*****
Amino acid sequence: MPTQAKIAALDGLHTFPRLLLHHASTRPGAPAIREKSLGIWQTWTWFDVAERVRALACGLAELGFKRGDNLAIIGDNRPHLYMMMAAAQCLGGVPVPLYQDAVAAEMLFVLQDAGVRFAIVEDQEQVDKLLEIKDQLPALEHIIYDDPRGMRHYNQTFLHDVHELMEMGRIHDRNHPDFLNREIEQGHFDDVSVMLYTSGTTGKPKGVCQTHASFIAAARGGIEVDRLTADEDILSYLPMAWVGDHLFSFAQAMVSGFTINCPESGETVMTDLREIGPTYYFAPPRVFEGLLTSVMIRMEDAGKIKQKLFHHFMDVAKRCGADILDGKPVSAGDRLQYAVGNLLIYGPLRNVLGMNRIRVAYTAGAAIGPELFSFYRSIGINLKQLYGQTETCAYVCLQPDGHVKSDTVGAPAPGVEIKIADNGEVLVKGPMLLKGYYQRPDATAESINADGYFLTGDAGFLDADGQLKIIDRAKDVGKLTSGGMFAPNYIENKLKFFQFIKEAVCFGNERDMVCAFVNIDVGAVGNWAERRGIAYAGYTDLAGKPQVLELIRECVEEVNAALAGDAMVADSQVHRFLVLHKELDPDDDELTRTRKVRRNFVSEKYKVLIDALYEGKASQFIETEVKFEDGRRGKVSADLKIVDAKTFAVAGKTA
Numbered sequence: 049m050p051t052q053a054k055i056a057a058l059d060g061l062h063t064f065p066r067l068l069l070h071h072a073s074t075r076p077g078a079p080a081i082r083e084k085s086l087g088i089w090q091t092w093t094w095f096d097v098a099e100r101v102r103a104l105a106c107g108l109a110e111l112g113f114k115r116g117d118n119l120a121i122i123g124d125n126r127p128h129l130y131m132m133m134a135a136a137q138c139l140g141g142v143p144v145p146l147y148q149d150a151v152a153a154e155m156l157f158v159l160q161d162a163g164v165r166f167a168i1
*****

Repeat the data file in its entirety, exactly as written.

Amino acid sequence: MPTQAKIAALDGLHTFPRLLLHHASTRPGAPAIREKSLGIWQTWTWFDVAERVRALACGLAELGFKRGDNLAIIGDNRPHLYMMMAAAQCLGGVPVPLYQDAVAAEMLFVLQDAGVRFAIVEDQEQVDKLLEIKDQLPALEHIIYDDPRGMRHYNQTFLHDVHELMEMGRIHDRNHPDFLNREIEQGHFDDVSVMLYTSGTTGKPKGVCQTHASFIAAARGGIEVDRLTADEDILSYLPMAWVGDHLFSFAQAMVSGFTINCPESGETVMTDLREIGPTYYFAPPRVFEGLLTSVMIRMEDAGKIKQKLFHHFMDVAKRCGADILDGKPVSAGDRLQYAVGNLLIYGPLRNVLGMNRIRVAYTAGAAIGPELFSFYRSIGINLKQLYGQTETCAYVCLQPDGHVKSDTVGAPAPGVEIKIADNGEVLVKGPMLLKGYYQRPDATAESINADGYFLTGDAGFLDADGQLKIIDRAKDVGKLTSGGMFAPNYIENKLKFFQFIKEAVCFGNERDMVCAFVNIDVGAVGNWAERRGIAYAGYTDLAGKPQVLELIRECVEEVNAALAGDAMVADSQVHRFLVLHKELDPDDDELTRTRKVRRNFVSEKYKVLIDALYEGKASQFIETEVKFEDGRRGKVSADLKIVDAKTFAVAGKTA
Numbered sequence: 049m050p051t052q053a054k055i056a057a058l059d060g061l062h063t064f065p066r067l068l069l070h071h072a073s074t075r076p077g078a079p080a081i082r083e084k085s086l087g088i089w090q091t092w093t094w095f096d097v098a099e100r101v102r103a104l105a106c107g108l109a110e111l112g113f114k115r116g117d118n119l120a121i122i123g124d125n126r127p128h129l130y131m132m133m134a135a136a137q138c139l140g141g142v143p144v145p146l147y148q149d150a151v152a153a154e155m156l157f158v159l160q161d162a163g164v165r166f167a168i1